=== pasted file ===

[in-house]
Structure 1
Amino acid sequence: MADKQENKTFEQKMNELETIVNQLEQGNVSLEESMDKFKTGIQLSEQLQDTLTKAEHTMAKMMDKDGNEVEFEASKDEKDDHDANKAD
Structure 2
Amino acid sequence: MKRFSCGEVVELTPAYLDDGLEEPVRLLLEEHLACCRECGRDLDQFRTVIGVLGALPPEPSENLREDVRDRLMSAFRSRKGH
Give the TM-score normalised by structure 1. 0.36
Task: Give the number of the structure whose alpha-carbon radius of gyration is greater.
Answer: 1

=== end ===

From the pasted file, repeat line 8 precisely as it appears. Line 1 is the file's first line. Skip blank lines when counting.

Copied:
Answer: 1